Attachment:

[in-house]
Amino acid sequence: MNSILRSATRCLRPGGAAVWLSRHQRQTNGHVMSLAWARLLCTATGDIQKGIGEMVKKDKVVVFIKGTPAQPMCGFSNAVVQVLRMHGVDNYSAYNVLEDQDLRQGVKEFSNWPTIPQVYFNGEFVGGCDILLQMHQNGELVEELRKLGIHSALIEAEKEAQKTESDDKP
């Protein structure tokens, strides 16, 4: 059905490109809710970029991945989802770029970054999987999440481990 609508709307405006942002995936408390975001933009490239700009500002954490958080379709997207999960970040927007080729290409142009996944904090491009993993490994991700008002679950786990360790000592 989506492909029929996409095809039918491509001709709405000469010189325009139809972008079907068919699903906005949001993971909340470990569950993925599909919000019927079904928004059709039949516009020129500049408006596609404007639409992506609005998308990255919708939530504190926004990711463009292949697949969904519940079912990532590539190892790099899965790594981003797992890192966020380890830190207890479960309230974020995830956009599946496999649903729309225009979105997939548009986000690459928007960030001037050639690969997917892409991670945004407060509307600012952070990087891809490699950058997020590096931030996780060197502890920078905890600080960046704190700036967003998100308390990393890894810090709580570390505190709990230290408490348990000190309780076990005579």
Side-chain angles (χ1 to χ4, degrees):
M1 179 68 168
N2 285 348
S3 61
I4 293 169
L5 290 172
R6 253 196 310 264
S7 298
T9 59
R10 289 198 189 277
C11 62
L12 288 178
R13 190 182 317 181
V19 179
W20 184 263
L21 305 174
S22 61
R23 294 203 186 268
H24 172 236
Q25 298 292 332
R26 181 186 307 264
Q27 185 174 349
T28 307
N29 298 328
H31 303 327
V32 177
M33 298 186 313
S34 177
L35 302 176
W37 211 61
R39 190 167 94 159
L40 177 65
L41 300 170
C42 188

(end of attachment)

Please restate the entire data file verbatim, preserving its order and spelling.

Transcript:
[in-house]
Amino acid sequence: MNSILRSATRCLRPGGAAVWLSRHQRQTNGHVMSLAWARLLCTATGDIQKGIGEMVKKDKVVVFIKGTPAQPMCGFSNAVVQVLRMHGVDNYSAYNVLEDQDLRQGVKEFSNWPTIPQVYFNGEFVGGCDILLQMHQNGELVEELRKLGIHSALIEAEKEAQKTESDDKP
């Protein structure tokens, strides 16, 4: 059905490109809710970029991945989802770029970054999987999440481990 609508709307405006942002995936408390975001933009490239700009500002954490958080379709997207999960970040927007080729290409142009996944904090491009993993490994991700008002679950786990360790000592 989506492909029929996409095809039918491509001709709405000469010189325009139809972008079907068919699903906005949001993971909340470990569950993925599909919000019927079904928004059709039949516009020129500049408006596609404007639409992506609005998308990255919708939530504190926004990711463009292949697949969904519940079912990532590539190892790099899965790594981003797992890192966020380890830190207890479960309230974020995830956009599946496999649903729309225009979105997939548009986000690459928007960030001037050639690969997917892409991670945004407060509307600012952070990087891809490699950058997020590096931030996780060197502890920078905890600080960046704190700036967003998100308390990393890894810090709580570390505190709990230290408490348990000190309780076990005579």
Side-chain angles (χ1 to χ4, degrees):
M1 179 68 168
N2 285 348
S3 61
I4 293 169
L5 290 172
R6 253 196 310 264
S7 298
T9 59
R10 289 198 189 277
C11 62
L12 288 178
R13 190 182 317 181
V19 179
W20 184 263
L21 305 174
S22 61
R23 294 203 186 268
H24 172 236
Q25 298 292 332
R26 181 186 307 264
Q27 185 174 349
T28 307
N29 298 328
H31 303 327
V32 177
M33 298 186 313
S34 177
L35 302 176
W37 211 61
R39 190 167 94 159
L40 177 65
L41 300 170
C42 188